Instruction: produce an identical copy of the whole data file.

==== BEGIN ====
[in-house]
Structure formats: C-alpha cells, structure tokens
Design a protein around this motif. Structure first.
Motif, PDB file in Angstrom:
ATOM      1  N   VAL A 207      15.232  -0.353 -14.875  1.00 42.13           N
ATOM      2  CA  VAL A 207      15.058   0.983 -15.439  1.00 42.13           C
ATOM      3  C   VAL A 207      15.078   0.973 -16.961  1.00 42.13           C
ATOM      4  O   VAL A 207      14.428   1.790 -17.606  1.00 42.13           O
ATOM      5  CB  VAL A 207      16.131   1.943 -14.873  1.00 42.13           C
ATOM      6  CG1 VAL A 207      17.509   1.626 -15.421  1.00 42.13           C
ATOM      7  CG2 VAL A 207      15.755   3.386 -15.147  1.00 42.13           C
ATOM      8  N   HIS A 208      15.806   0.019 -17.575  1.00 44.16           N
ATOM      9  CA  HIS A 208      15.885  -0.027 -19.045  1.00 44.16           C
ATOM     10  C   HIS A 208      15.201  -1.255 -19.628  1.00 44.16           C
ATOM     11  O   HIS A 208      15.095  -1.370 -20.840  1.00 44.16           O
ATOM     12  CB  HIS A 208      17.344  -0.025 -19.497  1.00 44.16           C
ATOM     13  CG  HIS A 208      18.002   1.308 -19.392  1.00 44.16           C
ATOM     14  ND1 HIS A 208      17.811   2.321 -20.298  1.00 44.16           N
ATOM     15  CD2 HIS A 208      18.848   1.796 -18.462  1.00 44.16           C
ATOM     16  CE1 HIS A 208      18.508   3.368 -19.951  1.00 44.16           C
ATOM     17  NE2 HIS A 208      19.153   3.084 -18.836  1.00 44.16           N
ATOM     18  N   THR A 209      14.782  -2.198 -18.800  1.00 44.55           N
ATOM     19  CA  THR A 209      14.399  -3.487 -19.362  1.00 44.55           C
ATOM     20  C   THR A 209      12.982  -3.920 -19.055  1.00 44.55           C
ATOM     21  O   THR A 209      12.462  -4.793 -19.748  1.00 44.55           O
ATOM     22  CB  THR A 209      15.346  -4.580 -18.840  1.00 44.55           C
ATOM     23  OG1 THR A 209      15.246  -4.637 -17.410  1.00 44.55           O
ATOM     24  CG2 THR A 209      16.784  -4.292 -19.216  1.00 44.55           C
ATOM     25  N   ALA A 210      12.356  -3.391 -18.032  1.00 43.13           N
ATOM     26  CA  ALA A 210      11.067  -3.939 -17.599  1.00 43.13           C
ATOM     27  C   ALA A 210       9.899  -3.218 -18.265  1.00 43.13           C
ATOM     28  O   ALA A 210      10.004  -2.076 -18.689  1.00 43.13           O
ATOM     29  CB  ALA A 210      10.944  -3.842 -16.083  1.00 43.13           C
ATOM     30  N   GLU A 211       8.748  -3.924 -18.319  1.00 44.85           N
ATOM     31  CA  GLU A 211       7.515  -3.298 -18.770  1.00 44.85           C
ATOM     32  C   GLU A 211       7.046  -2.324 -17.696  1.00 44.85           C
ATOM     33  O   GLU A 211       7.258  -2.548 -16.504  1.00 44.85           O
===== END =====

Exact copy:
[in-house]
Structure formats: C-alpha cells, structure tokens
Design a protein around this motif. Structure first.
Motif, PDB file in Angstrom:
ATOM      1  N   VAL A 207      15.232  -0.353 -14.875  1.00 42.13           N
ATOM      2  CA  VAL A 207      15.058   0.983 -15.439  1.00 42.13           C
ATOM      3  C   VAL A 207      15.078   0.973 -16.961  1.00 42.13           C
ATOM      4  O   VAL A 207      14.428   1.790 -17.606  1.00 42.13           O
ATOM      5  CB  VAL A 207      16.131   1.943 -14.873  1.00 42.13           C
ATOM      6  CG1 VAL A 207      17.509   1.626 -15.421  1.00 42.13           C
ATOM      7  CG2 VAL A 207      15.755   3.386 -15.147  1.00 42.13           C
ATOM      8  N   HIS A 208      15.806   0.019 -17.575  1.00 44.16           N
ATOM      9  CA  HIS A 208      15.885  -0.027 -19.045  1.00 44.16           C
ATOM     10  C   HIS A 208      15.201  -1.255 -19.628  1.00 44.16           C
ATOM     11  O   HIS A 208      15.095  -1.370 -20.840  1.00 44.16           O
ATOM     12  CB  HIS A 208      17.344  -0.025 -19.497  1.00 44.16           C
ATOM     13  CG  HIS A 208      18.002   1.308 -19.392  1.00 44.16           C
ATOM     14  ND1 HIS A 208      17.811   2.321 -20.298  1.00 44.16           N
ATOM     15  CD2 HIS A 208      18.848   1.796 -18.462  1.00 44.16           C
ATOM     16  CE1 HIS A 208      18.508   3.368 -19.951  1.00 44.16           C
ATOM     17  NE2 HIS A 208      19.153   3.084 -18.836  1.00 44.16           N
ATOM     18  N   THR A 209      14.782  -2.198 -18.800  1.00 44.55           N
ATOM     19  CA  THR A 209      14.399  -3.487 -19.362  1.00 44.55           C
ATOM     20  C   THR A 209      12.982  -3.920 -19.055  1.00 44.55           C
ATOM     21  O   THR A 209      12.462  -4.793 -19.748  1.00 44.55           O
ATOM     22  CB  THR A 209      15.346  -4.580 -18.840  1.00 44.55           C
ATOM     23  OG1 THR A 209      15.246  -4.637 -17.410  1.00 44.55           O
ATOM     24  CG2 THR A 209      16.784  -4.292 -19.216  1.00 44.55           C
ATOM     25  N   ALA A 210      12.356  -3.391 -18.032  1.00 43.13           N
ATOM     26  CA  ALA A 210      11.067  -3.939 -17.599  1.00 43.13           C
ATOM     27  C   ALA A 210       9.899  -3.218 -18.265  1.00 43.13           C
ATOM     28  O   ALA A 210      10.004  -2.076 -18.689  1.00 43.13           O
ATOM     29  CB  ALA A 210      10.944  -3.842 -16.083  1.00 43.13           C
ATOM     30  N   GLU A 211       8.748  -3.924 -18.319  1.00 44.85           N
ATOM     31  CA  GLU A 211       7.515  -3.298 -18.770  1.00 44.85           C
ATOM     32  C   GLU A 211       7.046  -2.324 -17.696  1.00 44.85           C
ATOM     33  O   GLU A 211       7.258  -2.548 -16.504  1.00 44.85           O